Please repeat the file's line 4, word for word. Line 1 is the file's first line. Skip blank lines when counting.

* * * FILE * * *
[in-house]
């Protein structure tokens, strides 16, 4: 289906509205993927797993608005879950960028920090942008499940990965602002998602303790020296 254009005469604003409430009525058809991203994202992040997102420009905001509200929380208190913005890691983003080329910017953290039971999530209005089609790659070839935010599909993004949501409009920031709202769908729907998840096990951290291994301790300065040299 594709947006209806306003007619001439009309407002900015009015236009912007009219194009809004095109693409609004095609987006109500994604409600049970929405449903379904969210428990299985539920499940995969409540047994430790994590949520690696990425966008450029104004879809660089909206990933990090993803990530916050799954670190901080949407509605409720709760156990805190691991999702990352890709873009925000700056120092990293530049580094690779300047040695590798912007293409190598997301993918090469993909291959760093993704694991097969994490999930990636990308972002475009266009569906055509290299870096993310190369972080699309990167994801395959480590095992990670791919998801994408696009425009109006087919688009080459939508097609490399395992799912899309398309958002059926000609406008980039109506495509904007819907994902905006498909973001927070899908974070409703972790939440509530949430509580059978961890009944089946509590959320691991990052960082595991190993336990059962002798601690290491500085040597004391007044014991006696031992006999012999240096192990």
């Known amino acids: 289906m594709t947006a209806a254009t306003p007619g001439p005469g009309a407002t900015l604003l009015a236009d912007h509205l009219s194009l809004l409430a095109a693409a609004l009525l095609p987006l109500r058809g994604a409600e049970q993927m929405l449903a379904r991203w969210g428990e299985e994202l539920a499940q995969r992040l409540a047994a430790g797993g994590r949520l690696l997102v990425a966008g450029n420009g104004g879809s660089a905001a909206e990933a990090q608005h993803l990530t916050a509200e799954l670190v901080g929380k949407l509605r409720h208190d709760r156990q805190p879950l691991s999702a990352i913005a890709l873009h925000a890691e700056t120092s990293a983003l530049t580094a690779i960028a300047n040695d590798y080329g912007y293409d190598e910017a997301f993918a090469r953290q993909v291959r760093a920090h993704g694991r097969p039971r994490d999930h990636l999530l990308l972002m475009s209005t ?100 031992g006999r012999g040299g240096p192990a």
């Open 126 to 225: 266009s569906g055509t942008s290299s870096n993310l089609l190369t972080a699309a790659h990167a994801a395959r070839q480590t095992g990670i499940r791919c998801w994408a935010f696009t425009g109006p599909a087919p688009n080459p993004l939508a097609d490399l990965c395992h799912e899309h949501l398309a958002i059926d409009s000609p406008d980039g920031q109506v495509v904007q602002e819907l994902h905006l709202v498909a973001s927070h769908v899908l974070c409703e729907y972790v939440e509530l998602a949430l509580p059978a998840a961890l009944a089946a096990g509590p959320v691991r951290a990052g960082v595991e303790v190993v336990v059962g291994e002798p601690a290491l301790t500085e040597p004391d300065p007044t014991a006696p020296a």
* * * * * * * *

């Open 126 to 225: 266009s569906g055509t942008s290299s870096n993310l089609l190369t972080a699309a790659h990167a994801a395959r070839q480590t095992g990670i499940r791919c998801w994408a935010f696009t425009g109006p599909a087919p688009n080459p993004l939508a097609d490399l990965c395992h799912e899309h949501l398309a958002i059926d409009s000609p406008d980039g920031q109506v495509v904007q602002e819907l994902h905006l709202v498909a973001s927070h769908v899908l974070c409703e729907y972790v939440e509530l998602a949430l509580p059978a998840a961890l009944a089946a096990g509590p959320v691991r951290a990052g960082v595991e303790v190993v336990v059962g291994e002798p601690a290491l301790t500085e040597p004391d300065p007044t014991a006696p020296a």